Thursday, May 30, 2013

Summer Reading List: May the Reading Begin!

Summer reading can be the best reading of the year. Long days, vacation, plenty of sunshine, shade, chlorine, salt water, and ice cubes melting in iced tea. Add books and stir.

Here's a look at what I think I have in store for summer reading. Today. At this very minute. Well, technically, yesterday — I already found two more books today that might have to be jammed into this collection...

Here's a list of what you see:
  1. And the Mountains Echoed
  2. Arcadia
  3. Barn Stripping
  4. Chi Running
  5. Crooked Letter, Crooked Letter
  6. Discovery of Witches
  7. Faefever
  8. The Family Fang
  9. The Gun Seller
  10. How They Met and Other Stories
  11. The Labrynth  of Dreaming Books
  12. The Language of Flowers
  13. Let the Great World Spin
  14. Life After Life
  15. The Light Between the Oceans
  16. A Lion Among Men
  17. Map of the Sky
  18. The Mysterious Benedictine Society
  19. The Receptionist
  20. Shadow of Night
  21. Smut
  22. Spook
  23. Southern Gods
  24. The Twelve Rooms of the Nile
  25. Unnatural Acts
  26. A Vision of Light
  27. Wolf Hall
This doesn't include the novels I simply must read that will be published this summer (such as the newest Neil Gaiman) or others that appear to be quite tasty but haven't quite fallen into my hands yet (I'm looking at you, Joe Hill).

I know this is ambitious. I have faith. Or I am crazy.

I will donate $5 per book I read to Main Street Child Development Center, and I will buy three new books for the Fairfax County Public Library from its Amazon Wish List.

Also, if you want to join this summer reading club, share your "consumed list" with me. The reader who reads the most books will win a new book of her or his choice, courtesy of Hedgehog Lover. 

Are you in? Let me know!

Monday, May 27, 2013

Summer Reading Suggestion: Let's Pretend This Never Happened

Summer is on the horizon, and maybe — just maybe — you're on the hunt for books for the 2013 Summer Reading Club...

Well, if you want to laugh (and maybe even shed a tear or two), do yourself a favor: read Let's Pretend This Never Happened.

You won't want to put it down.

Okay, there was the time when Jenny Lawson talked about her father shoving his hand up a squirrel's — er, never mind. (I did have to take a break there. I am so not into taxidermy.)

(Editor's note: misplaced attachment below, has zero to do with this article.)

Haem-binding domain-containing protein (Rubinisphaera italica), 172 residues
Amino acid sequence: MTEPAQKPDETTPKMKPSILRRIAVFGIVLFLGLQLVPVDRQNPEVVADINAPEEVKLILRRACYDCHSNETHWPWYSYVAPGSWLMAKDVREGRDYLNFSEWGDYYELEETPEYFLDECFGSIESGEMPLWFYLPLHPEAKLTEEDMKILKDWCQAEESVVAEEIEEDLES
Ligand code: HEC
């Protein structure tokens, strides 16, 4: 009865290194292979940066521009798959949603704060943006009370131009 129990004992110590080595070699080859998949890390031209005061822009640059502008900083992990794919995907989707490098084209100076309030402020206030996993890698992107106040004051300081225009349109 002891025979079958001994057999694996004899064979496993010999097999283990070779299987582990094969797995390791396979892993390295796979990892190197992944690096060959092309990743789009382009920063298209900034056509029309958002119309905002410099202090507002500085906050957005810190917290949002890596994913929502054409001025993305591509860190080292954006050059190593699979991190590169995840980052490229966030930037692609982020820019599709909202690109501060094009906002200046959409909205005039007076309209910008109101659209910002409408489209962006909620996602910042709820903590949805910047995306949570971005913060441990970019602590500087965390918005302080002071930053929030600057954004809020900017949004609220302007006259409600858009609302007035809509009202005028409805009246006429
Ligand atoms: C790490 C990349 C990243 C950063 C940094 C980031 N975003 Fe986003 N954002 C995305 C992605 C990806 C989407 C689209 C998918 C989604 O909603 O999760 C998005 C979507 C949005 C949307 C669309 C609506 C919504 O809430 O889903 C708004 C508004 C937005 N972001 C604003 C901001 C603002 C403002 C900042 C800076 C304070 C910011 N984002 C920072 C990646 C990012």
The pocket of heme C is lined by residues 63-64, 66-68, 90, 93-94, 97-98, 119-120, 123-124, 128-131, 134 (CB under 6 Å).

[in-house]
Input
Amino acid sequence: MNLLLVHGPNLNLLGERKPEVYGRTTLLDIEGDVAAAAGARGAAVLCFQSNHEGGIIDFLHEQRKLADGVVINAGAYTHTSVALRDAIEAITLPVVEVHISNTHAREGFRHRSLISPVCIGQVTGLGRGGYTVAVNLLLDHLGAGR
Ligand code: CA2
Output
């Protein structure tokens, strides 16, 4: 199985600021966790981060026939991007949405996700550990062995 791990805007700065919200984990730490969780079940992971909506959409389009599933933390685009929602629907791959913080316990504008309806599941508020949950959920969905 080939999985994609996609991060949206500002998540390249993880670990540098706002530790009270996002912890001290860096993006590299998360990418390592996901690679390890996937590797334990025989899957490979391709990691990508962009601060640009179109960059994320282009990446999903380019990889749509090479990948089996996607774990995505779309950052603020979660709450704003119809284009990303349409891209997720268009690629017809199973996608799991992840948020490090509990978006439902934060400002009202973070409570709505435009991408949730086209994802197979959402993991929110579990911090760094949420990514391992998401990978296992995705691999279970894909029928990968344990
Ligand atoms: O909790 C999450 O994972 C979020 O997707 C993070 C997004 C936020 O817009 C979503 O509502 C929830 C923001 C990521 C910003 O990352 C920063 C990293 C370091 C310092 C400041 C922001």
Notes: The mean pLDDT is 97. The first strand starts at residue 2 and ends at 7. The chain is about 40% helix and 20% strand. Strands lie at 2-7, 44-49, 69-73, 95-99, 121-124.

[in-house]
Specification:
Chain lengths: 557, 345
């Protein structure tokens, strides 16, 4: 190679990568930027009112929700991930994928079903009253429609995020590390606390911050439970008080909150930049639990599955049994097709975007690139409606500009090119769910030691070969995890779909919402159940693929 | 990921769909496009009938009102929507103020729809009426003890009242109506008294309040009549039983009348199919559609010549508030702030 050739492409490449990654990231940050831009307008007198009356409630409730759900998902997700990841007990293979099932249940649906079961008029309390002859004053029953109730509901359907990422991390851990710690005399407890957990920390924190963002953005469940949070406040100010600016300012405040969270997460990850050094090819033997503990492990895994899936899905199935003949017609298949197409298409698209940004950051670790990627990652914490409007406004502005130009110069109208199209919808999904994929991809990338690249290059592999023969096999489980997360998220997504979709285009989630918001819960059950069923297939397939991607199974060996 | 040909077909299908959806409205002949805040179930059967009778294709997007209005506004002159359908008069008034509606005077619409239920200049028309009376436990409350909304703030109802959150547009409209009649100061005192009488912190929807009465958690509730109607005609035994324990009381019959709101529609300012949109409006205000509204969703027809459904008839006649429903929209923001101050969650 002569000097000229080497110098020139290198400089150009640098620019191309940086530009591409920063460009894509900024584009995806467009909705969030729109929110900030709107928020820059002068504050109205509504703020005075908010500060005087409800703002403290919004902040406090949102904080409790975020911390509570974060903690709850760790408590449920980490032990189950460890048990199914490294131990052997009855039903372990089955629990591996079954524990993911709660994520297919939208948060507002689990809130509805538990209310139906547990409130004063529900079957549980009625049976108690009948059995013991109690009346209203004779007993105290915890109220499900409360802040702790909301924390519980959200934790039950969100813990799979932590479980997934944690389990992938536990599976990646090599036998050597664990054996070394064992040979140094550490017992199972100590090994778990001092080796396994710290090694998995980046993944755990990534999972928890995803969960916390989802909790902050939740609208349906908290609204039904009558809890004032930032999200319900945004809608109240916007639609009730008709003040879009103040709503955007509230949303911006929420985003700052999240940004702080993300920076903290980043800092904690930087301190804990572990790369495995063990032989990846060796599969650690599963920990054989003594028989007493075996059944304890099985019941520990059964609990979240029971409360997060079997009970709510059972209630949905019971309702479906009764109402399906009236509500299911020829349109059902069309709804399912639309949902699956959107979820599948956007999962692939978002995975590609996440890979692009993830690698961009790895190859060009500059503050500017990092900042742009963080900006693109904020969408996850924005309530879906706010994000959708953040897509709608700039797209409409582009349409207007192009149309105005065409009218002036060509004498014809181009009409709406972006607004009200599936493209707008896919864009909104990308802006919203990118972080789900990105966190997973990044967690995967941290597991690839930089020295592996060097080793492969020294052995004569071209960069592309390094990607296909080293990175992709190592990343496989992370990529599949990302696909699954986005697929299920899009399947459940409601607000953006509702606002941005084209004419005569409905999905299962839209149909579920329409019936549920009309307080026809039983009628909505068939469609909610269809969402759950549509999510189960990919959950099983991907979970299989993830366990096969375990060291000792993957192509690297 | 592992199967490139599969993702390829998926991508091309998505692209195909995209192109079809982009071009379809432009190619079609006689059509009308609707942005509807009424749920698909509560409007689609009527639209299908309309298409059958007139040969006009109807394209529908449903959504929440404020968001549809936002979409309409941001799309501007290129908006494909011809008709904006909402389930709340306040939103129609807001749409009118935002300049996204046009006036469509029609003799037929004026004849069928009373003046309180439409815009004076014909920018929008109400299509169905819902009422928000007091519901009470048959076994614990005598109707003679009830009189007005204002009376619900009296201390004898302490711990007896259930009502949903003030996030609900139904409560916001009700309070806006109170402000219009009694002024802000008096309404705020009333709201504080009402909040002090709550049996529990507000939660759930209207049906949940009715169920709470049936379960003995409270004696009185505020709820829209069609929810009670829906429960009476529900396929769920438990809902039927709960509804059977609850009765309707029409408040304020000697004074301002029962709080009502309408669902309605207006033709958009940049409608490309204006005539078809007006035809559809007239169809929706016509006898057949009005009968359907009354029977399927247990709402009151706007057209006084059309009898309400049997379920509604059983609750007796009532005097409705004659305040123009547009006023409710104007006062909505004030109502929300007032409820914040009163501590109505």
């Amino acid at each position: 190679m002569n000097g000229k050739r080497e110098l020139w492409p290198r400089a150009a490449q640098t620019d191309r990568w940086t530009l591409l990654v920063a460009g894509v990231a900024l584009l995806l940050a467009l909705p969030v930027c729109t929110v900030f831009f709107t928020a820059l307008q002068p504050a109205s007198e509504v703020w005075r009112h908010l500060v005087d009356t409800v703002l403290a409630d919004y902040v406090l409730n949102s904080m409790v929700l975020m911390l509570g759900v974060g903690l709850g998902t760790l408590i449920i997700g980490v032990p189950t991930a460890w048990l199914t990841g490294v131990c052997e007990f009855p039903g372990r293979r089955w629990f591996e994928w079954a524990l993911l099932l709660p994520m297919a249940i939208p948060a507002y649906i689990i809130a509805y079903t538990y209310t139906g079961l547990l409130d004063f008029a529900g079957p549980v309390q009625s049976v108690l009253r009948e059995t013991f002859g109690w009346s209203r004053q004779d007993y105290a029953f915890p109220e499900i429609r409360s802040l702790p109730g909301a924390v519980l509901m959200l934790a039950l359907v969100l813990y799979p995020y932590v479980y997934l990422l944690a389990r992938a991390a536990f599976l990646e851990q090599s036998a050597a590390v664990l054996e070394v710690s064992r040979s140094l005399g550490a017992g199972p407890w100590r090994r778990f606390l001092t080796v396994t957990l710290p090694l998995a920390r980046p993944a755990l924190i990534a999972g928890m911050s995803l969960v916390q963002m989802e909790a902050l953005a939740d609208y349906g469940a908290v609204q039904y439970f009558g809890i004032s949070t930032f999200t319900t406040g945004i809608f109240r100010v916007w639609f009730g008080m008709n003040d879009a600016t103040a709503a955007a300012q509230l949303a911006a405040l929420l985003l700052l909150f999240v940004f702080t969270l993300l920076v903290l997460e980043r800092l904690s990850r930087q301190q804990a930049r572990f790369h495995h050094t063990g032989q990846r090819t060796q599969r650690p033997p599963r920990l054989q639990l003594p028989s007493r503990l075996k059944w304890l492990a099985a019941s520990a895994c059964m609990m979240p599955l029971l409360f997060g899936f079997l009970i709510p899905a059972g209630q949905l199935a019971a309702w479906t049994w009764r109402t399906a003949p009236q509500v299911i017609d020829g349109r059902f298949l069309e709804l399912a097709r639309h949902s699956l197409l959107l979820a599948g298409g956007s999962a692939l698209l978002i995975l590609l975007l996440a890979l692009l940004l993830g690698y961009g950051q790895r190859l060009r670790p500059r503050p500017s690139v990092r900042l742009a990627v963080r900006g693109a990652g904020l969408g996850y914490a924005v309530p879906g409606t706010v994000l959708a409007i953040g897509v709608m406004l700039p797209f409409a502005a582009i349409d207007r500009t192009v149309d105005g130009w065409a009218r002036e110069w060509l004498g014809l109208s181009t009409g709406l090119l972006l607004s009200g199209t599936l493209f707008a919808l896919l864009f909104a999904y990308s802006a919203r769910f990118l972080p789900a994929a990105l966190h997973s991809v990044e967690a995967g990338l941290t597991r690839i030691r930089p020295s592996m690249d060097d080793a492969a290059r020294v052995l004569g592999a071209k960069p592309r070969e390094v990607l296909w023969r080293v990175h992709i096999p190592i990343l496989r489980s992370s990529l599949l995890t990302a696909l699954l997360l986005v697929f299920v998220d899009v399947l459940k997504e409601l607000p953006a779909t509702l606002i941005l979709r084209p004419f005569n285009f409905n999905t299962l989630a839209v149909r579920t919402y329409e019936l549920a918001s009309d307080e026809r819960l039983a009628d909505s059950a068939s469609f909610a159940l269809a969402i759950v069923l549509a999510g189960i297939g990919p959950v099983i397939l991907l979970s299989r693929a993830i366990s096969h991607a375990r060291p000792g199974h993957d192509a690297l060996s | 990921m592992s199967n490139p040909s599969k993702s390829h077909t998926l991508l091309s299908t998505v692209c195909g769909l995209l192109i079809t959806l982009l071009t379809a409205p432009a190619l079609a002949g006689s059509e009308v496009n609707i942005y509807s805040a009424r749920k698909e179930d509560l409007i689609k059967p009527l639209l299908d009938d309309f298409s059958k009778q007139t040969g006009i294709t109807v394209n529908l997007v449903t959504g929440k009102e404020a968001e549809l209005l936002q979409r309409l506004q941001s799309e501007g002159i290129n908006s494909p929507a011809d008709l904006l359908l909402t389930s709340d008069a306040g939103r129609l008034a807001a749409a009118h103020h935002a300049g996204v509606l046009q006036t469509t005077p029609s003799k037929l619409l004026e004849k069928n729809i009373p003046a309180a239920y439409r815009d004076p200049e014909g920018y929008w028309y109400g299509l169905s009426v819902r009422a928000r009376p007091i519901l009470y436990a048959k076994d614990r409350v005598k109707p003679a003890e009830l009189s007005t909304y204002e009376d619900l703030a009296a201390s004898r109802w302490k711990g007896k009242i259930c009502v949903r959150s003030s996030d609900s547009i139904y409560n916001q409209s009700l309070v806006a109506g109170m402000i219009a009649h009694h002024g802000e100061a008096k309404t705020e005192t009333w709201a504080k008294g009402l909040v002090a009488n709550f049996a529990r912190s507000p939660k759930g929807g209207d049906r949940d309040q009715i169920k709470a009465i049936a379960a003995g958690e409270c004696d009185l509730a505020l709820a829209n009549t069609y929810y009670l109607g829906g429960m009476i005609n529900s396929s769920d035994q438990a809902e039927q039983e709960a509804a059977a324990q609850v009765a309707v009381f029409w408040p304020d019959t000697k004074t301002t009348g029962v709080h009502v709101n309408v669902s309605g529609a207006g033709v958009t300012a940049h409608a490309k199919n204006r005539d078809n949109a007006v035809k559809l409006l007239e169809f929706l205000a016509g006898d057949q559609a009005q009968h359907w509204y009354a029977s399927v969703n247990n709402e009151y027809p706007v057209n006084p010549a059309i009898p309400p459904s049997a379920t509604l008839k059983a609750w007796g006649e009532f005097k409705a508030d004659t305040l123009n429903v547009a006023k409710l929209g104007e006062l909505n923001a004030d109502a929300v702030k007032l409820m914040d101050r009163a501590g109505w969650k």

Then there was the chapter about her reproduction that, even though she told us how it would end, still made me tense, so I read it with one eye open while clutching my kitten to my bosom. (I was in bed, so I could use only one hand to hold the book.)

And yet I didn't pause when reading about her dog. Or her first girls' weekend ever. Or —

Okay, that's enough about what's in the book. Now, let's talk about how The Bloggess can write about something that isn't in the least about what she's writing about and yet. And yet. It makes sense. You may not understand how you got from there to here, but what a great trip it was.

And for the record, I love her husband. Honestly, if she's only a fraction like the narrator of this memoir has depicted, he's a saint and a loving, loving man.

Finally, this author has the most precise comic timing and razor-sharp absurdity. I mostly read at night, propped up in bed, convinced that I'd wake up my husband and kitten with my laughter. I laughed until I cried. Then I cried. Then I laughed again.

You know what? Don't take my word for it. Really. Don't read any other reviews. Just read the book. Then buy a copy for a friend because you won't want to part with yours.

It's that good.

And when you're done, but you're not quite ready to let Jenny go (and yes, I'm calling her by her first name, very un-journalistic of me, fire me, okay?), watch this video.

Better yet, watch this one:

Go ahead, buy a third copy for your minister. You know you want to.

Wednesday, May 22, 2013

Poetry Wednesday: Poetry (The Original Version)

Last week, we read a very compact poem Marianne Moore pared down from a longer poem of hers by the same name. As promised, here is the longer version. Which do you prefer?


I, too, dislike it: there are things that are important beyond all
this fiddle.
Reading it, however, with a perfect contempt for it, one
discovers in
it after all, a place for the genuine.
Hands that can grasp, eyes
that can dilate, hair that can rise
if it must, these things are important not because a

high-sounding interpretation can be put upon them but because
they are
useful. When they become so derivative as to become
the same thing may be said for all of us, that we
do not admire what
we cannot understand: the bat